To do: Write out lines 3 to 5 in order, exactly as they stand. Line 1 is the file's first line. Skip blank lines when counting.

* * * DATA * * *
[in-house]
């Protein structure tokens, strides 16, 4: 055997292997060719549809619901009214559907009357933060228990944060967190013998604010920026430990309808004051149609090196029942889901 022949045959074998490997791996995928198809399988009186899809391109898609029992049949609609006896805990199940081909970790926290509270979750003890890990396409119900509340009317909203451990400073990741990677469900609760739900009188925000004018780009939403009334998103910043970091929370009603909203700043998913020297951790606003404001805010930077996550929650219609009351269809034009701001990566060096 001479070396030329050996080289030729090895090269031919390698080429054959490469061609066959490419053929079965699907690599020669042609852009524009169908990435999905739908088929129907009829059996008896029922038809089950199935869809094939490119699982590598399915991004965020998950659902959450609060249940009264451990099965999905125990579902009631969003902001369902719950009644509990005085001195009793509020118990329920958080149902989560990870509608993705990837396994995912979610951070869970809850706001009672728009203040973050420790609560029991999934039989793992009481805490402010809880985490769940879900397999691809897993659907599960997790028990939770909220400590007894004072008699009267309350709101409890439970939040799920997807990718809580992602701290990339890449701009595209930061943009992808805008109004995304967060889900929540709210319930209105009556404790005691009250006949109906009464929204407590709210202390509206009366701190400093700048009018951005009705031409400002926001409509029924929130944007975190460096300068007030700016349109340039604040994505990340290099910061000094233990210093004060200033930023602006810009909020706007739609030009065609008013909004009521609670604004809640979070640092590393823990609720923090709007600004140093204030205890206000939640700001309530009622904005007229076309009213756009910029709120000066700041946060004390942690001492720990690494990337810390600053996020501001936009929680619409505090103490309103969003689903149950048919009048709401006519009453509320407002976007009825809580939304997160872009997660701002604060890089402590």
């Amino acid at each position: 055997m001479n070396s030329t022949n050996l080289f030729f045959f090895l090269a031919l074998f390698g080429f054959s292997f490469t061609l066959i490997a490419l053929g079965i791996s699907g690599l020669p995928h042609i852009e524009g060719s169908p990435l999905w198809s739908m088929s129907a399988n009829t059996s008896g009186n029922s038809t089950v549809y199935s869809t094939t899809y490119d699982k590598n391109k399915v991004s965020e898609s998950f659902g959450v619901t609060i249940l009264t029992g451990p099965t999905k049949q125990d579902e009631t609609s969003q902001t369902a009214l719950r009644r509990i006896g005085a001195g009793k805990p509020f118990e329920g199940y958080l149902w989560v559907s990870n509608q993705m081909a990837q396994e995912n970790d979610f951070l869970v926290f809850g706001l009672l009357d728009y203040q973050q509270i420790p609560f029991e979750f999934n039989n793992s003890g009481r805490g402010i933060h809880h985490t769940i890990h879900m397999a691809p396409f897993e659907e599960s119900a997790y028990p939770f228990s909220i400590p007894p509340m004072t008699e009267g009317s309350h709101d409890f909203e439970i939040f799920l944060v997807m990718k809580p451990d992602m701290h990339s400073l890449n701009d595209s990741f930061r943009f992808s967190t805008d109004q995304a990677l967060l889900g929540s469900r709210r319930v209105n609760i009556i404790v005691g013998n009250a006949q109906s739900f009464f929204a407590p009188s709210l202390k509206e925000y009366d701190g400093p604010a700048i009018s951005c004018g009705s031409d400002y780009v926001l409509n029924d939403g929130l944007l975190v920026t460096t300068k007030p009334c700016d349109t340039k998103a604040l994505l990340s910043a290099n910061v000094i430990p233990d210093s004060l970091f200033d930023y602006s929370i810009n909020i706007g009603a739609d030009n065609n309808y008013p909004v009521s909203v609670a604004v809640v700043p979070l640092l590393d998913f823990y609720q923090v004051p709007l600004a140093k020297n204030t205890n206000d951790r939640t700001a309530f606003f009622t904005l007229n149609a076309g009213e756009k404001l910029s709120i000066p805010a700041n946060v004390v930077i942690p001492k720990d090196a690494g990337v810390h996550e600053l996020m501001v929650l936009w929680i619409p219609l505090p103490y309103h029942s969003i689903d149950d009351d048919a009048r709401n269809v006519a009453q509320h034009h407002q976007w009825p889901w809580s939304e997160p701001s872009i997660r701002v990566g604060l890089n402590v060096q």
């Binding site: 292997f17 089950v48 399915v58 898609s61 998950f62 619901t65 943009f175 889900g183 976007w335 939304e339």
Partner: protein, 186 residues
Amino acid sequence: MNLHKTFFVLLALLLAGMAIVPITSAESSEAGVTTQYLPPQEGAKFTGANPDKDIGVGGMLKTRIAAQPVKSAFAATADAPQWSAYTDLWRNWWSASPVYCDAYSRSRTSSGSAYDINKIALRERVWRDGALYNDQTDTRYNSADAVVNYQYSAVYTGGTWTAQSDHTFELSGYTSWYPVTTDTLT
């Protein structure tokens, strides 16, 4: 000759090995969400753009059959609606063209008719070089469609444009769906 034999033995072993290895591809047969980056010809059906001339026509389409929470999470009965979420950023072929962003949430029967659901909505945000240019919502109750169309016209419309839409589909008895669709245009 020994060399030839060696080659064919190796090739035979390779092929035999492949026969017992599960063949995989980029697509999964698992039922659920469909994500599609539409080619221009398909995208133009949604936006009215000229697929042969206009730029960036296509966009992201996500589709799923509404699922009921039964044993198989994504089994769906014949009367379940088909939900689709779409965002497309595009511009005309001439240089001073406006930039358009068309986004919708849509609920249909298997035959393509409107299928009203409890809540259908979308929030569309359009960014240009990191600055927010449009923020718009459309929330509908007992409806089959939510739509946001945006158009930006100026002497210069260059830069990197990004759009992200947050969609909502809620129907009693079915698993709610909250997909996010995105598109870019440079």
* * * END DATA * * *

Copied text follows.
């Amino acid at each position: 055997m001479n070396s030329t022949n050996l080289f030729f045959f090895l090269a031919l074998f390698g080429f054959s292997f490469t061609l066959i490997a490419l053929g079965i791996s699907g690599l020669p995928h042609i852009e524009g060719s169908p990435l999905w198809s739908m088929s129907a399988n009829t059996s008896g009186n029922s038809t089950v549809y199935s869809t094939t899809y490119d699982k590598n391109k399915v991004s965020e898609s998950f659902g959450v619901t609060i249940l009264t029992g451990p099965t999905k049949q125990d579902e009631t609609s969003q902001t369902a009214l719950r009644r509990i006896g005085a001195g009793k805990p509020f118990e329920g199940y958080l149902w989560v559907s990870n509608q993705m081909a990837q396994e995912n970790d979610f951070l869970v926290f809850g706001l009672l009357d728009y203040q973050q509270i420790p609560f029991e979750f999934n039989n793992s003890g009481r805490g402010i933060h809880h985490t769940i890990h879900m397999a691809p396409f897993e659907e599960s119900a997790y028990p939770f228990s909220i400590p007894p509340m004072t008699e009267g009317s309350h709101d409890f909203e439970i939040f799920l944060v997807m990718k809580p451990d992602m701290h990339s400073l890449n701009d595209s990741f930061r943009f992808s967190t805008d109004q995304a990677l967060l889900g929540s469900r709210r319930v209105n609760i009556i404790v005691g013998n009250a006949q109906s739900f009464f929204a407590p009188s709210l202390k509206e925000y009366d701190g400093p604010a700048i009018s951005c004018g009705s031409d400002y780009v926001l409509n029924d939403g929130l944007l975190v920026t460096t300068k007030p009334c700016d349109t340039k998103a604040l994505l990340s910043a290099n910061v000094i430990p233990d210093s004060l970091f200033d930023y602006s929370i810009n909020i706007g009603a739609d030009n065609n309808y008013p909004v009521s909203v609670a604004v809640v700043p979070l640092l590393d998913f823990y609720q923090v004051p709007l600004a140093k020297n204030t205890n206000d951790r939640t700001a309530f606003f009622t904005l007229n149609a076309g009213e756009k404001l910029s709120i000066p805010a700041n946060v004390v930077i942690p001492k720990d090196a690494g990337v810390h996550e600053l996020m501001v929650l936009w929680i619409p219609l505090p103490y309103h029942s969003i689903d149950d009351d048919a009048r709401n269809v006519a009453q509320h034009h407002q976007w009825p889901w809580s939304e997160p701001s872009i997660r701002v990566g604060l890089n402590v060096q």
């Binding site: 292997f17 089950v48 399915v58 898609s61 998950f62 619901t65 943009f175 889900g183 976007w335 939304e339």
Partner: protein, 186 residues